Our History


The Pub has been a landmark in the South Jersey area for over 60 years. From its very large parking lot to its gigantic and instantly recognizable red and white sign, anyone who lives in the area knows of The Pub. Its success over the last six decades is marked by the loyal customers who come back, time after time. The Pub has served generations of families and is proud to have been a part of many special occasions in all of those families too! The Pub is and always has been a great place to bring your family for a fine dinner, or even just to come for a romantic dinner with your sweetheart. It has always been and will remain the one, the only, The Pub, a fine and lasting dining tradition in South Jersey!

In the early 1930′s, the Camden Central Airport was constructed on a large, open lot on the southeast side of what was to become known as The Airport Circle. Camden Central was a major airfield for the metropolitan Philadelphia area and was a major connection for the greater Delaware Valley area to the rest of the world. The air field flourished due to its proximity to Philadelphia and Camden, two of the largest cities on the east coast at the time.

The building that The Pub currently occupies was built in the 1930′s and originally started life as a nightclub called “Neil Deighan’s”. Neil Deighan was a local celebrity of sorts and an accomplished minor league baseball player and professional basketball player. When he retired from sports, he was the founder of the New Jersey Licensed Beverage Association. He had several restaurants and bars in the area but his real fame and what made him a household name in the area was his restaurant named after him at the Airport Circle. In the late 1940′s, “Neil Deighan’s” briefly became known as “Club Shaguire”.

However, the name and current ownership did not last long. In 1950, the building was bought and renovated by three families that went in to business together. They renamed their new restaurant The Pub and opened the doors for business in 1951. This however was not the first Pub and just one location in a local franchise with locations in Philadelphia at 1421 Sansom St., 15th and Chestnut, 17th and Walnut and one on Allegheny Ave. The Pub in Pennsauken is the only one left with all others closing by the mid-1980′s when the leases ran out and were not renewed.

In 1960, The Pub burned to the ground in a catastrophic fire. It was summarily rebuilt and has been standing ever since. The original construction in 1950 was a large, Tudor-themed building. It has a gigantic open hearth with charcoal fired ovens. This gives The Pub a uniqueness that is not found in any other steakhouse in the area.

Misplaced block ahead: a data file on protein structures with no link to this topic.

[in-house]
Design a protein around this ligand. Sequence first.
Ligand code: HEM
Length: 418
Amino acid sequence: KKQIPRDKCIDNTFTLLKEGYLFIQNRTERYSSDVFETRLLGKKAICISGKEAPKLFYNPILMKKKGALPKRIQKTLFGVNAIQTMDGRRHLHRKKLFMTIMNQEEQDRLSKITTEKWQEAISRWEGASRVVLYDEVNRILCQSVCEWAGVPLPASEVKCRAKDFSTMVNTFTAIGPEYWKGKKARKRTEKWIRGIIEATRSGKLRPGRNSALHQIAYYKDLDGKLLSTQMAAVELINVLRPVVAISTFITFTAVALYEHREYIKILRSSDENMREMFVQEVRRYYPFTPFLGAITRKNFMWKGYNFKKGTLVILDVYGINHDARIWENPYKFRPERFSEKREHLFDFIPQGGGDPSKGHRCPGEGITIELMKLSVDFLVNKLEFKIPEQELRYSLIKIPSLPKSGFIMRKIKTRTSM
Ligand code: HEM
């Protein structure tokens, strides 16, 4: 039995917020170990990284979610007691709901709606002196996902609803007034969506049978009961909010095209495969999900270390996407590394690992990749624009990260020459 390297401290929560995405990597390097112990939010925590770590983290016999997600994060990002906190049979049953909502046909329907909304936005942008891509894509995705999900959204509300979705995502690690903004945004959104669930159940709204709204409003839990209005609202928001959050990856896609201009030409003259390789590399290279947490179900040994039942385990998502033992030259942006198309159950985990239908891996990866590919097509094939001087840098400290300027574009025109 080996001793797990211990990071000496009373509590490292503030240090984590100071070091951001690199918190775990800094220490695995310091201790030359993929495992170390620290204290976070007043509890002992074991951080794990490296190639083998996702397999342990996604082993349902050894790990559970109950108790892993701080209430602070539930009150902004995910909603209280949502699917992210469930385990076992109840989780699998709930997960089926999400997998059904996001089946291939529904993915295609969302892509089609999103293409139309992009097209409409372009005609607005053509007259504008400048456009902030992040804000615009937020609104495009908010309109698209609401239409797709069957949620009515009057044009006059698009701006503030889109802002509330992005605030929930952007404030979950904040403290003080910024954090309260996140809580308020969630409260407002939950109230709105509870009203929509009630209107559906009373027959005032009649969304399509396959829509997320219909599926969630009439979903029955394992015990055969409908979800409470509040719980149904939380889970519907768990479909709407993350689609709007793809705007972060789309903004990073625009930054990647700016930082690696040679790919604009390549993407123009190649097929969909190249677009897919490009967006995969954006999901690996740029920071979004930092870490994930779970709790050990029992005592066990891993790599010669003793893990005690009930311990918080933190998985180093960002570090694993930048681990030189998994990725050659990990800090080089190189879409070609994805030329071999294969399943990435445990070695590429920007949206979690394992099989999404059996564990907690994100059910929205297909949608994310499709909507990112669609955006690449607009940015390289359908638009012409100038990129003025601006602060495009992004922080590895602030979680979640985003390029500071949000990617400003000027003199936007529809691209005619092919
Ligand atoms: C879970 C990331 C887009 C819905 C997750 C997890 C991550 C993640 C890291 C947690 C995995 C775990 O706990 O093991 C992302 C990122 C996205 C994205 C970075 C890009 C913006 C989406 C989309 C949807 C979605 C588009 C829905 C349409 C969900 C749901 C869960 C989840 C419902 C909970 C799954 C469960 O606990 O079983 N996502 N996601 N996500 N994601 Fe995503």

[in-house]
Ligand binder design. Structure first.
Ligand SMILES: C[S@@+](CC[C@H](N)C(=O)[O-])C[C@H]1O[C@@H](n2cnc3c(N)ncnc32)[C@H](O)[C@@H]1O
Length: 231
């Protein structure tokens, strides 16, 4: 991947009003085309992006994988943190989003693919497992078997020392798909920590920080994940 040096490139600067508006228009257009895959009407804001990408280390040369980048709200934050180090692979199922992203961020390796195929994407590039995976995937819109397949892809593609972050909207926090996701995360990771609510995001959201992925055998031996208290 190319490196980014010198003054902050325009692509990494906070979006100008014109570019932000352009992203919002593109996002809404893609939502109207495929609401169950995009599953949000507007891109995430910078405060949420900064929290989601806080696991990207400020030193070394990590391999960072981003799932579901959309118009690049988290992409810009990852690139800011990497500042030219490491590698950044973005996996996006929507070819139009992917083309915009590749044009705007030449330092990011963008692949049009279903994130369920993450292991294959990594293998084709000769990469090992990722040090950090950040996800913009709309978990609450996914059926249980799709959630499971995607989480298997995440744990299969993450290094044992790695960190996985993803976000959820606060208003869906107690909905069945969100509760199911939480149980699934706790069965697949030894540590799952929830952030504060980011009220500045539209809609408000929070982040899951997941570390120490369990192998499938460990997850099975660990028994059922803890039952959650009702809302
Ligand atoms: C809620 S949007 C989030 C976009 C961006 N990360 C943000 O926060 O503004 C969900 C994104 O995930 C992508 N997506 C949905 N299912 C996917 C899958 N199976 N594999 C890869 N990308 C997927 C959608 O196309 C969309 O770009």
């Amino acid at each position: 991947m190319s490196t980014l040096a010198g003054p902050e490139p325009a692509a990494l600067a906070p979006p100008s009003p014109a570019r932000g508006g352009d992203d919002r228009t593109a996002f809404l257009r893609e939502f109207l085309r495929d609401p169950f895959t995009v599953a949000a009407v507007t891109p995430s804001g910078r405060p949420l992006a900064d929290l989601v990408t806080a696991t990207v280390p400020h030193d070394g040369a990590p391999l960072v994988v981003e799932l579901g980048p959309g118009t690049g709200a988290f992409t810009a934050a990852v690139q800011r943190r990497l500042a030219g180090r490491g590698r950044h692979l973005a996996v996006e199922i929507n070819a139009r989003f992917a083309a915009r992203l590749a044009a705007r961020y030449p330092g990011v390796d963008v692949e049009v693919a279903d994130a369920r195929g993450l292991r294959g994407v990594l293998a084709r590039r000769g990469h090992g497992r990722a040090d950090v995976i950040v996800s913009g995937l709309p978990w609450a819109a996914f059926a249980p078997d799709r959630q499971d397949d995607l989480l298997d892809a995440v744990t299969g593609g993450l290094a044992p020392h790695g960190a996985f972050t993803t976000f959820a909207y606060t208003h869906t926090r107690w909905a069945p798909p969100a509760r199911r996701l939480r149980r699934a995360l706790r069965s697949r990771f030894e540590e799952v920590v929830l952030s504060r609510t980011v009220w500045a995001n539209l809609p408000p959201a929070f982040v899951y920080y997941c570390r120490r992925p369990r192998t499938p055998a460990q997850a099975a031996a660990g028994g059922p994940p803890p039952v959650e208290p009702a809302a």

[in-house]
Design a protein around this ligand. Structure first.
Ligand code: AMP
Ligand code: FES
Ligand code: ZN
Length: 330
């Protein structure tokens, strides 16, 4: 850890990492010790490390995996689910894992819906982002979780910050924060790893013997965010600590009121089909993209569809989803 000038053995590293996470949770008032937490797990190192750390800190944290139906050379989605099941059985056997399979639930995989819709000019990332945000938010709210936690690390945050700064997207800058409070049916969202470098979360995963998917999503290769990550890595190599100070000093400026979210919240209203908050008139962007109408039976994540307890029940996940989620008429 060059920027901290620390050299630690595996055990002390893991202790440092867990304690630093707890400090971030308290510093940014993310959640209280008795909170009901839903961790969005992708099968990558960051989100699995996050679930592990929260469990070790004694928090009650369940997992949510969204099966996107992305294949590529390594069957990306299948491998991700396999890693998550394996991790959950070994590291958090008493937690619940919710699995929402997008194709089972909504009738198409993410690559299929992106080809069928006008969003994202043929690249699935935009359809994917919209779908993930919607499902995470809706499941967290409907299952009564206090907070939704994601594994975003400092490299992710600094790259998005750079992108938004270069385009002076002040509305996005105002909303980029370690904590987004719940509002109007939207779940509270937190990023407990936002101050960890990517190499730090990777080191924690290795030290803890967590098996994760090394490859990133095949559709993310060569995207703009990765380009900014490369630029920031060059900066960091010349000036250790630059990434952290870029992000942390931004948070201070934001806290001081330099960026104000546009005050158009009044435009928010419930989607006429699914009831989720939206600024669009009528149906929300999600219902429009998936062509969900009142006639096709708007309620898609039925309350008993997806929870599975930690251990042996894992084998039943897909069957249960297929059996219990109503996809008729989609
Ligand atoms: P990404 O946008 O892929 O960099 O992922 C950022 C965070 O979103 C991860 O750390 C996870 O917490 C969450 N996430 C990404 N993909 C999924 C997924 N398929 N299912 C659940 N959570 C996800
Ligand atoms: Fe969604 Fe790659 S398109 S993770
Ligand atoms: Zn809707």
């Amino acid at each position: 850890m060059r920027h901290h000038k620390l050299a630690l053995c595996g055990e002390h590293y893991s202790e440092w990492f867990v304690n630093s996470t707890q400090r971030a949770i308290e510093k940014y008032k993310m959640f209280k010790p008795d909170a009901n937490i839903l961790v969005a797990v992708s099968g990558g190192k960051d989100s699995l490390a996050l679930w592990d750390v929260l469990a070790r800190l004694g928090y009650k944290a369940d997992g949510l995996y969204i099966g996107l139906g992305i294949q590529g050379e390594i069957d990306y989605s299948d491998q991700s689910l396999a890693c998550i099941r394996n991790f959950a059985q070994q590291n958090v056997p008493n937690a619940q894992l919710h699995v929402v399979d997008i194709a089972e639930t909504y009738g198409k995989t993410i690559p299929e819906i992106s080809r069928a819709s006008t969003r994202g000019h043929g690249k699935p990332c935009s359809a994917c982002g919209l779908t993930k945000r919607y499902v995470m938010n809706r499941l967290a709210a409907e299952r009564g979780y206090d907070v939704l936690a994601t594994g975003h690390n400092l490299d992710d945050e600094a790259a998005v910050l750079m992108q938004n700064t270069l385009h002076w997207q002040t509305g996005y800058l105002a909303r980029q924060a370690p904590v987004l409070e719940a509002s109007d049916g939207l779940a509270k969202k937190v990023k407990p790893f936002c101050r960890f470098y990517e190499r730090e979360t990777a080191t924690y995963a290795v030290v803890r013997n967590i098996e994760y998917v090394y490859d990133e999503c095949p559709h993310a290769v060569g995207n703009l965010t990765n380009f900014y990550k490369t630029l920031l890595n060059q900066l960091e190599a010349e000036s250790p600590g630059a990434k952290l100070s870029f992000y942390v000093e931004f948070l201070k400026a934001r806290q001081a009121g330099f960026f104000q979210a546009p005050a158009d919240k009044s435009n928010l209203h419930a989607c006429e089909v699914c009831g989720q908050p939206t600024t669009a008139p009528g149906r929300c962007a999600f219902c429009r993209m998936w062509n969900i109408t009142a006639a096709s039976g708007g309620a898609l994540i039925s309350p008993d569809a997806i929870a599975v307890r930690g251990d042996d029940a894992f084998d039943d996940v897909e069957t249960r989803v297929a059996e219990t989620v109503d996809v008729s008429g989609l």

The decor inside has a medieval flare with Olde English type stone floors and stained glass windows. There are gallows, swords and banners hanging on the walls. The dining room, while large, is dominated on one wall by the large hearth, manned by several chefs dressed in white aprons and chef’s toques. The outside is deceiving with a plain white building with colorful shields hanging on the side. These are small cues that do no justice in conveying the atmosphere inside.

The Pub is and always has been a local institution. A family steakhouse, the atmosphere is warm and inviting and a mix of cultural Americana from the 50′s through to the present. The influences can be seen everywhere you look. The building is as much a feast for the eyes as the culinary feast that is prepared there daily. It is clear to anyone that walks through the heavy wooden doors that this is someplace special. The Pub’s history dates back to the 1920′s and 30′s and was a central landmark in the Pennsauken/Cherry Hill areas throughout the 40′s, 50′s and 60′s with many celebrities, bands and other stars making their way through the local hot spots. It has been a family tradition for decades.

In recent history, The Pub closed it doors but fortunately, not for long! The current ownership partnered together, bought the site and reopened The Pub with very little change. They recognized a South Jersey institution for what it was, put the business back together and opened the doors to the people of Pennsauken and the surrounding area once again.

We still make just about everything we serve from the zucchini bread at the giant salad bars to the cranberry sauce. Some things have been changed to keep up with stiff competition from national chains and local restaurants.

The menu has been expanded with the original menu having no more than 14 items. It now covers an extensive line of seafood, poultry and other entrees totalling over 75 different items on the menu. However, we still have the hometown favorites that made The Pub a family favorite!

The Pub pretty much stands today as it did in 1950. Very little has changed and after the fire in 1960, it was restored to its original 1950′s condition. The kitchen includes the 6 giant, charcoal fired hearths which share the same room as the dining room.

The dining room is quite impressive itself with large, vaulted ceilings and wide, wooden support beams which give the very large room a deceivingly cozy atmosphere. The dining room can accommodate 500 guests and will serve as many as 1500 guests on a Saturday night.

There is also a large bar and casual dining area which features large screen TVs and live entertainment on certain days. The bar is a classic wooden bar with brass fixtures and large kegs mounted on the wall with The Pub’s crest and name emblazoned on the ends.

Even though the size of The Pub can seem daunting, even when The Pub is full, there is enough space to seat patrons comfortably and keep noise levels low.